One thing soccer fans, parents, and players are known for is Passion. During games it’s important to have game etiquette. We swear by our colors, our team, excuse a bad season, honor the best players no matter who they play for…and it shows in where we spend our money, our conversations, and our time. Our kids can assume these traits too. Passion is a great thing – but it cannot override good judgement or fundamental teachings of the game. Beyond knowing the basic rules and what to expect in playing there are 5 areas I consider to be vital to teaching kids about the spirit of the game [aka Game Etiquette].
Communicate in soccer
Your teammates and coach will appreciate the player who knows the game and how it should be played and then turns that knowledge into loud, directive communication.
Communication lets the other teammates know what is going on and where they need to be [especially if you’re a defender].
Sometimes I have to think and remember that most of what I know in soccer is from learning it from a coach.
Once we know the knowledge it’s easy to think that everyone should know it. I encourage players to ask coaches questions often.
Be consistent for your personal brand
Moody and unpredictable players are not passionate. They have a bad attitude and that distinguishes the talented athlete from the mature competitor.
The spirit of the game is to work harder than anyone else and stay positive.
MINDSET [ATTITUDE] MATTERS… You have to control your emotions and make good choices to protect your personal brand – like this.
My personal story [mini-doc]
My passion is for parents, players and coaches to be more equipped to help our futbol community.
Every week I receive emails and texts with questions about every topic in soccer… It’s fun to be able to help people with their problems and also to hear about their success. I remember going through the same things as a kid…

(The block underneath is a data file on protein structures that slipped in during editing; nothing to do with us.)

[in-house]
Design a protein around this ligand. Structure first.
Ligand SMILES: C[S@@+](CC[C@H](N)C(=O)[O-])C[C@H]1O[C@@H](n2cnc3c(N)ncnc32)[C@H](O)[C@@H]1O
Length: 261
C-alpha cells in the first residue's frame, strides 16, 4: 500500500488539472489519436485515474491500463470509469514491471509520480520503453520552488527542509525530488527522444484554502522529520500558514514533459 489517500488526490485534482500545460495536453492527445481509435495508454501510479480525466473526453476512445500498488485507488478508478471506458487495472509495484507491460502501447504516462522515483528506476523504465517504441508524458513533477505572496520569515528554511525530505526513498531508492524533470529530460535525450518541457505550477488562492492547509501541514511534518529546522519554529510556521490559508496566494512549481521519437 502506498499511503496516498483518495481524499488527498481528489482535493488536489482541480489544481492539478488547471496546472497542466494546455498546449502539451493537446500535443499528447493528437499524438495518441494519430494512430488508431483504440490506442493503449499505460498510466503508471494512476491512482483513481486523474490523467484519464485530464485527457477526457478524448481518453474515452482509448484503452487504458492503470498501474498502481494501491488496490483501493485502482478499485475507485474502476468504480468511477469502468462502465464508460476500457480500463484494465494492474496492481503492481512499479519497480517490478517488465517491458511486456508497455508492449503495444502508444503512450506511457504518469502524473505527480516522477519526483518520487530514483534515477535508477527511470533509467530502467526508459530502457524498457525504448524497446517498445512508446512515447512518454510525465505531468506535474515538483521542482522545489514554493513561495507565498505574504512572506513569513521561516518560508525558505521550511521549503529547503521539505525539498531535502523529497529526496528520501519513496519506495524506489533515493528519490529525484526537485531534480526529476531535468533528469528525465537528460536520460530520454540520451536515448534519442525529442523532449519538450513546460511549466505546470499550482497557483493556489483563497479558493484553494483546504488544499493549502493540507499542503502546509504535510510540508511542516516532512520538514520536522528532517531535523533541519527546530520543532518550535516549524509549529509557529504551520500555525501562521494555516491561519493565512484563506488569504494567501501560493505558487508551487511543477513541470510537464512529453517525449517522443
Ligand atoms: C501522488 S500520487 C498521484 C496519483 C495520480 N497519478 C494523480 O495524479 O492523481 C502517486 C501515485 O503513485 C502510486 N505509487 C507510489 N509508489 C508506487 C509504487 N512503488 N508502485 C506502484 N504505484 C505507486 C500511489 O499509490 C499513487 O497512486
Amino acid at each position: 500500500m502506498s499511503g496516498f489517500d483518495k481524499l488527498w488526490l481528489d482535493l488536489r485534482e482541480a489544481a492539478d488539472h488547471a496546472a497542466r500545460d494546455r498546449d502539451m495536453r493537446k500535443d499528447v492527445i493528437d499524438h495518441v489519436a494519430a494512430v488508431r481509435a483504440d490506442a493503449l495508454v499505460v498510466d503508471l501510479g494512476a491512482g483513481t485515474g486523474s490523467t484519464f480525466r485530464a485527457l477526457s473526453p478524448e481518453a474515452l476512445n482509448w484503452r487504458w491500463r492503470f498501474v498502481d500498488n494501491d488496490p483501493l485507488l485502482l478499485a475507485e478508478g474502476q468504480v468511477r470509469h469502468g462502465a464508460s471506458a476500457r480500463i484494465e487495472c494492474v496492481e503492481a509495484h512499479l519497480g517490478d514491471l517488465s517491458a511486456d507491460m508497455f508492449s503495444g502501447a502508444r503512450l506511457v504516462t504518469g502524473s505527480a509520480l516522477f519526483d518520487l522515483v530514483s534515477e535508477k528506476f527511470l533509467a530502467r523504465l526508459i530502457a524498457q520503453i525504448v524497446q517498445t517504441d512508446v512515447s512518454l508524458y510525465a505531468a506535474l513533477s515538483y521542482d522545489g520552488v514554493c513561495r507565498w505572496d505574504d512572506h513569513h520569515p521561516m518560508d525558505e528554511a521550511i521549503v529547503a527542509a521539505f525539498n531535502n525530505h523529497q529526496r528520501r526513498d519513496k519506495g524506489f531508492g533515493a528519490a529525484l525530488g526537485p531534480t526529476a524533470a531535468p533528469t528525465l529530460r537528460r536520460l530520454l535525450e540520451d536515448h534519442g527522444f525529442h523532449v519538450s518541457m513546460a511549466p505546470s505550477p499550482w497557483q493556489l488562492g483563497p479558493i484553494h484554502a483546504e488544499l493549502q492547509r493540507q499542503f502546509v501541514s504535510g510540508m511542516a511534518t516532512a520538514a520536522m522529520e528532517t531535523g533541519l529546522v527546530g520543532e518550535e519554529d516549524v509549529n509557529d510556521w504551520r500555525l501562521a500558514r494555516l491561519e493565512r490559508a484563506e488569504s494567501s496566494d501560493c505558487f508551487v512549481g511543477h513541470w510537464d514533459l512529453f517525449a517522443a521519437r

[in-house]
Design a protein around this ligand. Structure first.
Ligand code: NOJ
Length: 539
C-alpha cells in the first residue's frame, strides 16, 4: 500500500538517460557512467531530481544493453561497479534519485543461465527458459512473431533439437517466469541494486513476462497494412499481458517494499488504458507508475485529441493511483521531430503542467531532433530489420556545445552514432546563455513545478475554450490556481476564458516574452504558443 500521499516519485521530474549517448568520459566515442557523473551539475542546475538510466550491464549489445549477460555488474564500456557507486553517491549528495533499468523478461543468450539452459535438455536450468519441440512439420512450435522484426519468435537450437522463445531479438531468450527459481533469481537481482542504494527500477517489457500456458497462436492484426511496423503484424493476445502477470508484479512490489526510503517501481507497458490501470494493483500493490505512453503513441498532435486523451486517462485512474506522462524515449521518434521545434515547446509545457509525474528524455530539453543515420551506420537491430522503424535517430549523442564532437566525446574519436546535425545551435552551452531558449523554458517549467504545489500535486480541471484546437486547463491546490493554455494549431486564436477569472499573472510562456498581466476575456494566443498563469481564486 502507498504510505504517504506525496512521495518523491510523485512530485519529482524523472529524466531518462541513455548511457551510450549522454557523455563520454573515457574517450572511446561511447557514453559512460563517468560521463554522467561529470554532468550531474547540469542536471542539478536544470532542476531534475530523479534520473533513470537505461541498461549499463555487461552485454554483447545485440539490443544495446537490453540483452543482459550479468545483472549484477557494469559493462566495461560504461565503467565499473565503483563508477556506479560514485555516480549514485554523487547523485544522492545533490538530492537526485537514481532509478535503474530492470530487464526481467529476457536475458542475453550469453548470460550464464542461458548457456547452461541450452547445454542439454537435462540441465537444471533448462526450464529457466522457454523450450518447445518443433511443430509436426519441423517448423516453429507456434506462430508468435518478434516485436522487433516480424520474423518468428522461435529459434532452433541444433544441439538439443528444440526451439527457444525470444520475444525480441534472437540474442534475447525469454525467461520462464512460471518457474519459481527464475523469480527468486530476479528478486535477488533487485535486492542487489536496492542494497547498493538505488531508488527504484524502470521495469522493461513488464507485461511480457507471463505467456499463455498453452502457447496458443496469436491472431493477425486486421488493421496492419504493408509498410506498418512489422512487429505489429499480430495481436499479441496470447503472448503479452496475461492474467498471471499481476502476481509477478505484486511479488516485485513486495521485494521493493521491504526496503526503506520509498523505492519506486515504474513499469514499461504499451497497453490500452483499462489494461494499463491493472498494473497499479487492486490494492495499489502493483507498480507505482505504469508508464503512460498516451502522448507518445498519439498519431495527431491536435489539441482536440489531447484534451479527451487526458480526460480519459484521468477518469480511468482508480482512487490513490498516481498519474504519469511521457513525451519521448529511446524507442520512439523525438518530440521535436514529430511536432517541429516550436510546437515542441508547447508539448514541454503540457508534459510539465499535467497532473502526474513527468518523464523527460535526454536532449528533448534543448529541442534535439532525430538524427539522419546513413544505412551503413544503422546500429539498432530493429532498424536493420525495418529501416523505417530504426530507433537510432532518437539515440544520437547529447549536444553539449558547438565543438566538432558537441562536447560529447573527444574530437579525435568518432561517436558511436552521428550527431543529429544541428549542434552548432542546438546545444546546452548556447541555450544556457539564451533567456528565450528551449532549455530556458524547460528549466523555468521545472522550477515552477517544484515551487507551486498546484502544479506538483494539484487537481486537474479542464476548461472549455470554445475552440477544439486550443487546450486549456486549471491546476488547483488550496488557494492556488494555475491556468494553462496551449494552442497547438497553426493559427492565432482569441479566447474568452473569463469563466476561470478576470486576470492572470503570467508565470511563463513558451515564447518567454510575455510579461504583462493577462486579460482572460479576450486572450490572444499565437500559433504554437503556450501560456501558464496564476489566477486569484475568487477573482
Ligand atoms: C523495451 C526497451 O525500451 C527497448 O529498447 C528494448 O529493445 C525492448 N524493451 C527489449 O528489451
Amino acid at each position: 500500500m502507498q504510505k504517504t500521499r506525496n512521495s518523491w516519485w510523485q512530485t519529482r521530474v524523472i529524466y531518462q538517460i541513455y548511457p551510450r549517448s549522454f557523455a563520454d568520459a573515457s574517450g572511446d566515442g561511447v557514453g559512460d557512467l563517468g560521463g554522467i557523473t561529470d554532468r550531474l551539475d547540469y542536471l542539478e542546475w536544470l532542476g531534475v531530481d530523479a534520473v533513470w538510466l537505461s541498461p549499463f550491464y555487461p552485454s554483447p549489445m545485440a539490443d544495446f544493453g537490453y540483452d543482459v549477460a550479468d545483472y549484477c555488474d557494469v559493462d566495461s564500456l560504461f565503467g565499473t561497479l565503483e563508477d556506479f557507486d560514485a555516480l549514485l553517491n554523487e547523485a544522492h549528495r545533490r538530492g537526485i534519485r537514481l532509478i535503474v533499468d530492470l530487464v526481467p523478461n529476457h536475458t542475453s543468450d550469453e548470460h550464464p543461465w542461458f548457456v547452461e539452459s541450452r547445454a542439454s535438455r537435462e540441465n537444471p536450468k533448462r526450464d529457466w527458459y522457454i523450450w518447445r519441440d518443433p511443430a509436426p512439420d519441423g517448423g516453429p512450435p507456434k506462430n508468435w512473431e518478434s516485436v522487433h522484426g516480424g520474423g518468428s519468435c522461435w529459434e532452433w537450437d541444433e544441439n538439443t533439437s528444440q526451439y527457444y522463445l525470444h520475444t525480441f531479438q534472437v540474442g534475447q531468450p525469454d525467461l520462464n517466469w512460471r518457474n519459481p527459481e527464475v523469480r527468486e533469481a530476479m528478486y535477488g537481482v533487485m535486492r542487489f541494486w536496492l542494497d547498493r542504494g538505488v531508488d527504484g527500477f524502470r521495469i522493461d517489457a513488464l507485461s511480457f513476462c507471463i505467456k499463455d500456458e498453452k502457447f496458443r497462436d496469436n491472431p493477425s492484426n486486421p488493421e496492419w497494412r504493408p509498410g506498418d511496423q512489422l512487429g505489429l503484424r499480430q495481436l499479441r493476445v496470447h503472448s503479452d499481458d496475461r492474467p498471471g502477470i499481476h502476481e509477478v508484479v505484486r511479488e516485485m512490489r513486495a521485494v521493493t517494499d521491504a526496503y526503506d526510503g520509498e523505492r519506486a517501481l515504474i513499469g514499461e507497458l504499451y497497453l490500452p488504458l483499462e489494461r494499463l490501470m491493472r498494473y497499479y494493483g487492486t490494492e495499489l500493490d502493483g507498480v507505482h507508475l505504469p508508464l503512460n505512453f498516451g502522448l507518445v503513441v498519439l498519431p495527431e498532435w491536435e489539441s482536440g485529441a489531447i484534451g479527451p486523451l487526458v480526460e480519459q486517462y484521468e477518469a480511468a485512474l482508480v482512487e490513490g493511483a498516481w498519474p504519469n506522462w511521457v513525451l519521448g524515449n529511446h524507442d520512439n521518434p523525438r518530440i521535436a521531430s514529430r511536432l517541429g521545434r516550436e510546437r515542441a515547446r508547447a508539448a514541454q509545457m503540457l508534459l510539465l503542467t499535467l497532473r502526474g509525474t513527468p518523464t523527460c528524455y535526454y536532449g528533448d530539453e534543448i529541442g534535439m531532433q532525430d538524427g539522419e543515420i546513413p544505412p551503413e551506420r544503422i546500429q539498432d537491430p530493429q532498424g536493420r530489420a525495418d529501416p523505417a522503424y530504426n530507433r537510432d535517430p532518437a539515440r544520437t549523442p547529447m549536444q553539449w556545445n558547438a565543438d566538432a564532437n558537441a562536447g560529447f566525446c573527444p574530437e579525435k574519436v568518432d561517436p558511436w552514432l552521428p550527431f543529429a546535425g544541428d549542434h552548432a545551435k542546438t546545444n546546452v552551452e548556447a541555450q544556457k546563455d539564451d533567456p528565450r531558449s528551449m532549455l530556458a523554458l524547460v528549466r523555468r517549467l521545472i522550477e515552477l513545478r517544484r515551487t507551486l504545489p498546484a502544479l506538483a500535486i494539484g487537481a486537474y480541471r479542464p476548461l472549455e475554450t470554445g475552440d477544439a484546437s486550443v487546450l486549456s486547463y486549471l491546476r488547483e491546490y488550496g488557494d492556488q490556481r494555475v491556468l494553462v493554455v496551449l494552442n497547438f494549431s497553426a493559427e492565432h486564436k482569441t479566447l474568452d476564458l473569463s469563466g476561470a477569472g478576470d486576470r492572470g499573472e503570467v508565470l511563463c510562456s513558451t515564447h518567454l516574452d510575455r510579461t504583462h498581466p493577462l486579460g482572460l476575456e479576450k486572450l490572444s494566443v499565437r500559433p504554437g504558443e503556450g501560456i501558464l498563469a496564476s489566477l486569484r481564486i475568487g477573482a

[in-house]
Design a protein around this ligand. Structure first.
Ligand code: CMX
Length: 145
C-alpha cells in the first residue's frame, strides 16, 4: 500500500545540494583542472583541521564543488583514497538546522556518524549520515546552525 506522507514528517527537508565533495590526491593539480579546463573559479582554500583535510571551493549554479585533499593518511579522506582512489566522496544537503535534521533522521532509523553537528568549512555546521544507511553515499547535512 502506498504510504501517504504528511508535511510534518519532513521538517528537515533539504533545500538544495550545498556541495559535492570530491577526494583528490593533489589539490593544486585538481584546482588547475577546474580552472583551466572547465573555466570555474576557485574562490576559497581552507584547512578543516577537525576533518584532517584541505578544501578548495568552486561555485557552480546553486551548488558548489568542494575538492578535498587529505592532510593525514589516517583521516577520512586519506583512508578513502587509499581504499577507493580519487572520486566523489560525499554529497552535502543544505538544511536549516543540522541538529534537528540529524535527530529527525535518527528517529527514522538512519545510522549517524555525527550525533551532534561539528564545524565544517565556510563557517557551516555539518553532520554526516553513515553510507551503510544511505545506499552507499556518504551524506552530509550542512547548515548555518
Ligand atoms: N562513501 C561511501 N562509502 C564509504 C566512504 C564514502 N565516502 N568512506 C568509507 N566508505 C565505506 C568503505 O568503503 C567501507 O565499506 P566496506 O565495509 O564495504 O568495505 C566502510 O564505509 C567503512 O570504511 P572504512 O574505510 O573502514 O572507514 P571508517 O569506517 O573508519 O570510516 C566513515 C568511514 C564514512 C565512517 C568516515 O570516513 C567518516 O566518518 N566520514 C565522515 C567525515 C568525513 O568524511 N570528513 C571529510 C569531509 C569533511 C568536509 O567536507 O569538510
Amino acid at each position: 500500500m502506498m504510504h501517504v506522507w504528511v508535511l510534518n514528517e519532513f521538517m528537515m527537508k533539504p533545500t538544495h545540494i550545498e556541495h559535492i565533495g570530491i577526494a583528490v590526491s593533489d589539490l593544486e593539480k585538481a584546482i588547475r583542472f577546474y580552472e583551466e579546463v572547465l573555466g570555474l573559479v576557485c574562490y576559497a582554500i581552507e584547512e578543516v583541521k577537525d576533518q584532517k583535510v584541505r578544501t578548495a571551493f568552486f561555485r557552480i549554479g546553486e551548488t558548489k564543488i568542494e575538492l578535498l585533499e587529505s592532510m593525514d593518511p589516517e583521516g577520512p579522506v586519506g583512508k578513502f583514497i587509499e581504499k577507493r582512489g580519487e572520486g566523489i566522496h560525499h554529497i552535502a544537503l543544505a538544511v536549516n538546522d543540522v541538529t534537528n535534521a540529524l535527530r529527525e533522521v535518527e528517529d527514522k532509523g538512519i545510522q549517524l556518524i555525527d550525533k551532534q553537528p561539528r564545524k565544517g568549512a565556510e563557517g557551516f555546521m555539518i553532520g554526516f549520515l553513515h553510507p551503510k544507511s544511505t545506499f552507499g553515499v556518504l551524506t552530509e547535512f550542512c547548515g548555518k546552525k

Now it’s all about helping the new futbol generation [you].
Learn more about me in the video below…
Be a good TEAMmate
Not everyone can be the star forward, scoring goals and getting their name in the newspaper. Not everyone can play 2 soccer positions. Therefore, go where you are needed, even if you don’t ‘get it’. Do what is best for the team and keep a good attitude about it.
If you’re one of the few who is not position-specific or if you see ways someone else can improve their game, then make sure your own game represents stellar work ethic first. Then frame your observations in a positive way.
Be ready to receive the same kind of feedback you’re dishing out. This is part of having game etiquette.
Knowing the rules helps you have game etiquette
Respect the officials, coaches, parents, and other players [yes, this includes the other team too] and the time they put in for free.
Guard your mouth, mind, and moves – not only does no one truly like a bully [and yes a spoiled child can also be a bully] but people of all ages generally do not respect a dirty player.
Players who say ugly and unnecessary personal comments [especially about race or ethnicity or family – you get the idea] don’t last long in a more mature setting.
Remember that as you get older soccer begins to be viewed as having the potential to be a player’s livelihood and threatening that potential with poor sportsmanship is frowned upon.
Be respectful at soccer games
When you choose to respect the game and those around you then you will find that you are well-respected in a return.
Be a gracious loser and a gracious winner… Parents [& kids] remember that the other team is not ‘evil’ or ‘the enemy’ or anything else like that.
While there may be a bad apple on the team the HUGE majority of parents I have met want their kids to learn good soccer, good sportsmanship and good friendships and memories.
Soccer really takes over emotions sometimes, so again be consistent with your actions and words.
Maintain game etiquette while dealing with unacceptable parents
This unfortunately is something we hear about a lot. Soccer parents who are mean on the sideline at either their own kid or the other team.
It’s hard to understand that adults would act with such low class. But it happens and I just want to get it out to who I know, so that you are ready in case you witness it.
What will you do? I’m just saying be ready to have talks as a family before or after these things come up.
Soccer gives us that fast track in terms of dealing with people. We all know that some people are crazy, and all we can do is stay classy and help each other.
Secret fast-track soccer development
For players and teams who want to improve, this is a must. Twenty – thirty minutes a week working on your own.
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You can contact me to send video or ask questions anytime you want for feedback. I love being able to help!
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